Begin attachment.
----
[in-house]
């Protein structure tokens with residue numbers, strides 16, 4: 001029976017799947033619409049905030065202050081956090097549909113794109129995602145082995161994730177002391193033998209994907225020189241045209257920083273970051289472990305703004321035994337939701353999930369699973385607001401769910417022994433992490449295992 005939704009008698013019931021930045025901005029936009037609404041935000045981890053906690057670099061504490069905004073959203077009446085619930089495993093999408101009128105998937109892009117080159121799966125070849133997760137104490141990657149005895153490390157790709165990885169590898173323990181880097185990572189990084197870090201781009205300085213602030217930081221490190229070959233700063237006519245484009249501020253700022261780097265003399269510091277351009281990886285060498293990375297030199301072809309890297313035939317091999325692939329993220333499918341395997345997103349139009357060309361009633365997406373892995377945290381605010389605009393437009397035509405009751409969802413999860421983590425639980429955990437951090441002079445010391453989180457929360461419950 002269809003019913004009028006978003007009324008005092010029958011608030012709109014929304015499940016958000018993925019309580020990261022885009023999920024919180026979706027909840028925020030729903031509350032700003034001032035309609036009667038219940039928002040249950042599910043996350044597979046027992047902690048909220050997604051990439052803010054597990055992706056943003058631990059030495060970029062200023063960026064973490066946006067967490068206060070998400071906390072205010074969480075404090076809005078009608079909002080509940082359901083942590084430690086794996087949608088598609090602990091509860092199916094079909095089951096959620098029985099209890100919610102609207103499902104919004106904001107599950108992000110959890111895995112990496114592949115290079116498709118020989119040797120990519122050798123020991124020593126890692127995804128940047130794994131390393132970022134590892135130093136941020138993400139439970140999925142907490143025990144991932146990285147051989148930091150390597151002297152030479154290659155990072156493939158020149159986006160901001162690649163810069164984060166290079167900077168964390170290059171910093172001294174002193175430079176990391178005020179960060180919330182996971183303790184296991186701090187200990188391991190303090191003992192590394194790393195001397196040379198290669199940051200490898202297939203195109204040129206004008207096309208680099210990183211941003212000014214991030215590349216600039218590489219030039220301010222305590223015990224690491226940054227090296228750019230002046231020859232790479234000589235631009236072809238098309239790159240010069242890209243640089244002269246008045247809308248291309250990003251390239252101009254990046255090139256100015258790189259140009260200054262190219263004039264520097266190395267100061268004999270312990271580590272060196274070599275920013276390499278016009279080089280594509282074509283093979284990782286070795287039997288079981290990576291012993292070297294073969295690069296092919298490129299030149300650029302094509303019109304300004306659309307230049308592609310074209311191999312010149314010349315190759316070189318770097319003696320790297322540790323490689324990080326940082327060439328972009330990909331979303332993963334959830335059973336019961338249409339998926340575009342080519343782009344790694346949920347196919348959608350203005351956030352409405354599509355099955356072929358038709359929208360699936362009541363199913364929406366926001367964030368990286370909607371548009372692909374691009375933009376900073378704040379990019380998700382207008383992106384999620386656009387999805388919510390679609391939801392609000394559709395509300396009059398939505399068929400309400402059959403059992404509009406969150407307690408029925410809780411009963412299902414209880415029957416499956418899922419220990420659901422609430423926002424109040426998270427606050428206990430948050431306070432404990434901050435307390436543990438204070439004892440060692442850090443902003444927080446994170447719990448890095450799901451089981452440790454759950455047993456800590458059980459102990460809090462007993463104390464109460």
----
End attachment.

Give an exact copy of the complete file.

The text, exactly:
[in-house]
């Protein structure tokens with residue numbers, strides 16, 4: 001029976017799947033619409049905030065202050081956090097549909113794109129995602145082995161994730177002391193033998209994907225020189241045209257920083273970051289472990305703004321035994337939701353999930369699973385607001401769910417022994433992490449295992 005939704009008698013019931021930045025901005029936009037609404041935000045981890053906690057670099061504490069905004073959203077009446085619930089495993093999408101009128105998937109892009117080159121799966125070849133997760137104490141990657149005895153490390157790709165990885169590898173323990181880097185990572189990084197870090201781009205300085213602030217930081221490190229070959233700063237006519245484009249501020253700022261780097265003399269510091277351009281990886285060498293990375297030199301072809309890297313035939317091999325692939329993220333499918341395997345997103349139009357060309361009633365997406373892995377945290381605010389605009393437009397035509405009751409969802413999860421983590425639980429955990437951090441002079445010391453989180457929360461419950 002269809003019913004009028006978003007009324008005092010029958011608030012709109014929304015499940016958000018993925019309580020990261022885009023999920024919180026979706027909840028925020030729903031509350032700003034001032035309609036009667038219940039928002040249950042599910043996350044597979046027992047902690048909220050997604051990439052803010054597990055992706056943003058631990059030495060970029062200023063960026064973490066946006067967490068206060070998400071906390072205010074969480075404090076809005078009608079909002080509940082359901083942590084430690086794996087949608088598609090602990091509860092199916094079909095089951096959620098029985099209890100919610102609207103499902104919004106904001107599950108992000110959890111895995112990496114592949115290079116498709118020989119040797120990519122050798123020991124020593126890692127995804128940047130794994131390393132970022134590892135130093136941020138993400139439970140999925142907490143025990144991932146990285147051989148930091150390597151002297152030479154290659155990072156493939158020149159986006160901001162690649163810069164984060166290079167900077168964390170290059171910093172001294174002193175430079176990391178005020179960060180919330182996971183303790184296991186701090187200990188391991190303090191003992192590394194790393195001397196040379198290669199940051200490898202297939203195109204040129206004008207096309208680099210990183211941003212000014214991030215590349216600039218590489219030039220301010222305590223015990224690491226940054227090296228750019230002046231020859232790479234000589235631009236072809238098309239790159240010069242890209243640089244002269246008045247809308248291309250990003251390239252101009254990046255090139256100015258790189259140009260200054262190219263004039264520097266190395267100061268004999270312990271580590272060196274070599275920013276390499278016009279080089280594509282074509283093979284990782286070795287039997288079981290990576291012993292070297294073969295690069296092919298490129299030149300650029302094509303019109304300004306659309307230049308592609310074209311191999312010149314010349315190759316070189318770097319003696320790297322540790323490689324990080326940082327060439328972009330990909331979303332993963334959830335059973336019961338249409339998926340575009342080519343782009344790694346949920347196919348959608350203005351956030352409405354599509355099955356072929358038709359929208360699936362009541363199913364929406366926001367964030368990286370909607371548009372692909374691009375933009376900073378704040379990019380998700382207008383992106384999620386656009387999805388919510390679609391939801392609000394559709395509300396009059398939505399068929400309400402059959403059992404509009406969150407307690408029925410809780411009963412299902414209880415029957416499956418899922419220990420659901422609430423926002424109040426998270427606050428206990430948050431306070432404990434901050435307390436543990438204070439004892440060692442850090443902003444927080446994170447719990448890095450799901451089981452440790454759950455047993456800590458059980459102990460809090462007993463104390464109460």